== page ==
The 6 ‘beige’ foods that can raise your risk of blood clots

British Heart Foundation: Understanding blood clots

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Blot clots are clumps of blood that have formed into a gel-like state. While they are necessary to help prevent excessive bleeding when you get a cut, some that don’t dissolve naturally can be dangerous. If they travel to organs such as the lungs or heart, for example, this is cause for serious concern.

Like many medical conditions, what you eat can raise or lower your risk of developing blood clots.

One expert spoke with about what foods to avoid.

Clinical dietician, former Team GB bodybuilder and ambassador for Factory Weights, Chris Smith, said: “At the core, it’s things like trans fats and frying things in vegetable oils that make those foods so bad for your blood flow.

“Studies have shown that these two things in particular can have inflammatory effects as well as leaving a build-up of plaque, both of which will obstruct proper blood flow and lead to a greater risk of clots.

“Sugary drinks, sweets and red meats have also been shown to increase your risk.”

He specifically warned against certain beige-coloured foods.

“There’s no secret here – the foods that will increase the chances of blood clots are the foods you should avoid for dozens of other reasons,” he said.

“The beige foods we all love so much are some of the main offenders.

“Crisps, biscuits, sausage rolls, chips, white bread and fried chicken will all wreak havoc on your arteries.”

However, a healthy diet could help prevent blood clots.

Mr Smith added: “In terms of foods that can help reduce your risk, again it’s not actually rocket science.

“It’s the same foods that have been recommended for as long as I can remember: get your five a day in, switch to whole grain versions of your foods where possible, swap biscuits and cakes for nuts, and look to poultry meats and fish instead of burgers.”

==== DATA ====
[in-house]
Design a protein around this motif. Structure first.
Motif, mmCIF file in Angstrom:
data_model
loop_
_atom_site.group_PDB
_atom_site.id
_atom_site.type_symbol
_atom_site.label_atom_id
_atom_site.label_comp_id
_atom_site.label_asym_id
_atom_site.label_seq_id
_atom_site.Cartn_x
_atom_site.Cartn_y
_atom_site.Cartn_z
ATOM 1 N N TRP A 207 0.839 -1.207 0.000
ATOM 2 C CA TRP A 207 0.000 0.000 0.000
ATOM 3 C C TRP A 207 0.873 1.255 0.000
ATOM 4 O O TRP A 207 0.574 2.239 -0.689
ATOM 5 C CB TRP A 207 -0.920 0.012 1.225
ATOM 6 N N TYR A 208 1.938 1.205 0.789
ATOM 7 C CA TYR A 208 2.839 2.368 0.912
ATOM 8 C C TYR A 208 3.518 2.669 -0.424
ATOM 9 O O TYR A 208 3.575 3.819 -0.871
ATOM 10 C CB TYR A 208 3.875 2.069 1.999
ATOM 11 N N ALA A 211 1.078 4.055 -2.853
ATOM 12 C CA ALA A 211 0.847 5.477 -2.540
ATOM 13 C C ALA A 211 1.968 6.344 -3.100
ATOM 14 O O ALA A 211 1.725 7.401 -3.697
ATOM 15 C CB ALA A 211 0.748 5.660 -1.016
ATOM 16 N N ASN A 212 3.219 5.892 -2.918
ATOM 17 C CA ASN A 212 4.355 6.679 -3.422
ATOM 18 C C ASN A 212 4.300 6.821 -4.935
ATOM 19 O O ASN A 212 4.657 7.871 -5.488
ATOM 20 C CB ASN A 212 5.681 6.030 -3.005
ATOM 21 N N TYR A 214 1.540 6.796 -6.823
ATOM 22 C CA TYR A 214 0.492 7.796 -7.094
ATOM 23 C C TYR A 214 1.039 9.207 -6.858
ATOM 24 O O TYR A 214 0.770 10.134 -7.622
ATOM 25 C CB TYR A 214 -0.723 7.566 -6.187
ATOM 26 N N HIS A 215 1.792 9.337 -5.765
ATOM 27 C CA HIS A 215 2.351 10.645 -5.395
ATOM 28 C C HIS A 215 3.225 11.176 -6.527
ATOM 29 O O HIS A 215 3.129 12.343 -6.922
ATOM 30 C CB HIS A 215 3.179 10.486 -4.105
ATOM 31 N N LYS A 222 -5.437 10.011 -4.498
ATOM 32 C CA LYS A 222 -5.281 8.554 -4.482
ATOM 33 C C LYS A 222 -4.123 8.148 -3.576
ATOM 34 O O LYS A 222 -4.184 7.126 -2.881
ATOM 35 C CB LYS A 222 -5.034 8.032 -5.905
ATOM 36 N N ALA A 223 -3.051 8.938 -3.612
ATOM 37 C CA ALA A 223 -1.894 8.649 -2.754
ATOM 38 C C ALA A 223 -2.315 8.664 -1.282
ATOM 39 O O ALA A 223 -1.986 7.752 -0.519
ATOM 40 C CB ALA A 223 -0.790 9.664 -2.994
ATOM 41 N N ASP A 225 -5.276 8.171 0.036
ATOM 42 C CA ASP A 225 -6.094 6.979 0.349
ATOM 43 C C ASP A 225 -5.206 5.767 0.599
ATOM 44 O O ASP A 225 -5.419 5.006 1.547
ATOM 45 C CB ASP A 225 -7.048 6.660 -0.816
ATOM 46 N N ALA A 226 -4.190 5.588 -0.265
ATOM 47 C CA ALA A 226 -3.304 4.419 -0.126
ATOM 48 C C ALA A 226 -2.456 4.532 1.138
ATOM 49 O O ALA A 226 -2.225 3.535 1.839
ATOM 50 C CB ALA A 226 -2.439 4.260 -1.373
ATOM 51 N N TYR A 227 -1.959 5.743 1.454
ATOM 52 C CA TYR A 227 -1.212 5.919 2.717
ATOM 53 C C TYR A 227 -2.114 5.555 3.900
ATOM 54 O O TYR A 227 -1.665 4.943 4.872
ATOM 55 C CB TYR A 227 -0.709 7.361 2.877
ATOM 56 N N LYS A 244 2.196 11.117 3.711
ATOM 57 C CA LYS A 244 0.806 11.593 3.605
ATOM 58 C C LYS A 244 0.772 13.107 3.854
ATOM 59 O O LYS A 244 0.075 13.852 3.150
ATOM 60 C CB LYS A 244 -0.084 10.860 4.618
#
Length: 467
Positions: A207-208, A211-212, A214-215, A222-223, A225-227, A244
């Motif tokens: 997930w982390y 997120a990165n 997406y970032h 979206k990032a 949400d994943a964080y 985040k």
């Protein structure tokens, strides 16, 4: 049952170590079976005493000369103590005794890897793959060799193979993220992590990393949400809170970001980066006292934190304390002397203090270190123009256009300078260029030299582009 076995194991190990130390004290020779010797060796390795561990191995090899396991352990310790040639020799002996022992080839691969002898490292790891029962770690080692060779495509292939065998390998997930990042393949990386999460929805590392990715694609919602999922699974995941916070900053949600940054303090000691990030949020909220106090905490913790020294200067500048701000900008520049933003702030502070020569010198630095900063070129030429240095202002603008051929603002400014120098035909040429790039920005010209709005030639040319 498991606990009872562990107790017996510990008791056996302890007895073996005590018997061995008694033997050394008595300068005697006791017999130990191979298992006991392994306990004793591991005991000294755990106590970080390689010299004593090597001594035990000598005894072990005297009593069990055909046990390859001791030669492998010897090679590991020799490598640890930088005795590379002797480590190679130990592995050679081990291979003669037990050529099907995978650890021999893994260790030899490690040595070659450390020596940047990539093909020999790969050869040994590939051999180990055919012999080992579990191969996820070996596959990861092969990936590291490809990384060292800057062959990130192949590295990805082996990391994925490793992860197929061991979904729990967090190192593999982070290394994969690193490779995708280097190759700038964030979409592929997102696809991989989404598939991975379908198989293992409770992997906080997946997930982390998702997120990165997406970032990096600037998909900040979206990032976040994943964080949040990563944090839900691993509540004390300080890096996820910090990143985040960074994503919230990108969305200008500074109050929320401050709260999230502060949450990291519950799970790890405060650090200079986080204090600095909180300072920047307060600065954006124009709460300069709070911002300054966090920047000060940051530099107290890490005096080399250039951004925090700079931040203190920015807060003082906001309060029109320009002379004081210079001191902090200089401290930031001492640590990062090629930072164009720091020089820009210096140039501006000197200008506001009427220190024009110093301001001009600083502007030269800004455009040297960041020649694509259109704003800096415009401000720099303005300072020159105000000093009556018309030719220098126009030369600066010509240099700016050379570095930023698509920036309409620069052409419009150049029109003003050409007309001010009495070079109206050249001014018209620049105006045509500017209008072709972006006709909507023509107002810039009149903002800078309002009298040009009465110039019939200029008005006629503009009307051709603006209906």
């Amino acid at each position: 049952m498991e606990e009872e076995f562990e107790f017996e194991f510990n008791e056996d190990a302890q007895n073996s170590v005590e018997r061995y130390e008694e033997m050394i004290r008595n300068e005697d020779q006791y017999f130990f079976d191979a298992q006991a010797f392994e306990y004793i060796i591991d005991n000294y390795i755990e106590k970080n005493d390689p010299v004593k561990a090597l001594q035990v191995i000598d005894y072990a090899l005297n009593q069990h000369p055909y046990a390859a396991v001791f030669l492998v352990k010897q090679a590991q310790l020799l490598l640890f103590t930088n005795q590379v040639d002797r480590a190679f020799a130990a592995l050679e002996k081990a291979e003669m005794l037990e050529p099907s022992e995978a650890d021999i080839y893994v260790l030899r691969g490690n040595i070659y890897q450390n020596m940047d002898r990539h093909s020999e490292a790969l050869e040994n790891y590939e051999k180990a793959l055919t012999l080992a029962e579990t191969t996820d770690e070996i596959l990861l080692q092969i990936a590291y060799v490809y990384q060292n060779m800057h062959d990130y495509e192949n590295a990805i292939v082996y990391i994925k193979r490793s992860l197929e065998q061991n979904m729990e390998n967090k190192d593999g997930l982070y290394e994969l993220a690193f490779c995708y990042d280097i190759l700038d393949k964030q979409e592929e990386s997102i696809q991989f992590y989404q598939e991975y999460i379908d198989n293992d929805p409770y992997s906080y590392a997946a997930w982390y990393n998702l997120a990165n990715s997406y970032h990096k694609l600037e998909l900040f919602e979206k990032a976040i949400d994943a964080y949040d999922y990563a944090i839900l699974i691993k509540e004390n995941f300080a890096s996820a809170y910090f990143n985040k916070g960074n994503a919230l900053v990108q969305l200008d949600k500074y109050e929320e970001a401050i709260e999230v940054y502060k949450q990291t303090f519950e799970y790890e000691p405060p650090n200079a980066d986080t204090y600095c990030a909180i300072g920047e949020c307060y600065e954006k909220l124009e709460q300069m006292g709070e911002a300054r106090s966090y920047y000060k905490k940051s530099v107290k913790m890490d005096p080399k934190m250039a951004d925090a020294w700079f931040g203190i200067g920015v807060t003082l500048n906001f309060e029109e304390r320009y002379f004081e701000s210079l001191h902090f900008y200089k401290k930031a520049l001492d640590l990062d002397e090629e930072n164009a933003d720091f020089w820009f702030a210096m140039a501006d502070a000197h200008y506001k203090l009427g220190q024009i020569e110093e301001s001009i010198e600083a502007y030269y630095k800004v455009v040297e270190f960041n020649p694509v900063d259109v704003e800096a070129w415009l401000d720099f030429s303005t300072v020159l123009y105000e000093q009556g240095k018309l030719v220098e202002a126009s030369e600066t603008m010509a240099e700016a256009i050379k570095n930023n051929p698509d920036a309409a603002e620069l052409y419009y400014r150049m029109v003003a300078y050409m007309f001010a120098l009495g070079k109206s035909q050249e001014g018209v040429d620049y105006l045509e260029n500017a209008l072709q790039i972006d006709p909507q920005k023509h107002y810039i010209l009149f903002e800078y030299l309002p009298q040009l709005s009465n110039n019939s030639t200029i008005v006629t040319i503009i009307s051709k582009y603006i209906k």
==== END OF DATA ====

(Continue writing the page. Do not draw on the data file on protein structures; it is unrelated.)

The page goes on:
Deep vein thrombosis (DVT) is a dangerous condition that occurs when you have a blood clot in a vein – usually in your leg.

DVT is particularly concerning because these clots in your veins can then break loose and travel through your bloodstream to the lungs.

This is called a pulmonary embolism, which is a life-threatening condition that needs immediate attention.

According to the NHS, symptoms of DVT in the leg are:

  • Throbbing or cramping pain in one leg (rarely both legs), usually in the calf or thigh
  • Swelling in one leg (rarely both legs)
  • Warm skin around the painful area
  • Red or darkened skin around the painful area
  • Swollen veins that are hard or sore when you touch them.

However, you could also experience these symptoms in your arm or stomach if the blood clot is there.

It is recommended you see a doctor or call 111 if you notice any of these signs.

If you think you have DVT and are suffering with breathlessness or chest pain the NHS advises going to A&E as this could be a sign of a pulmonary embolism.

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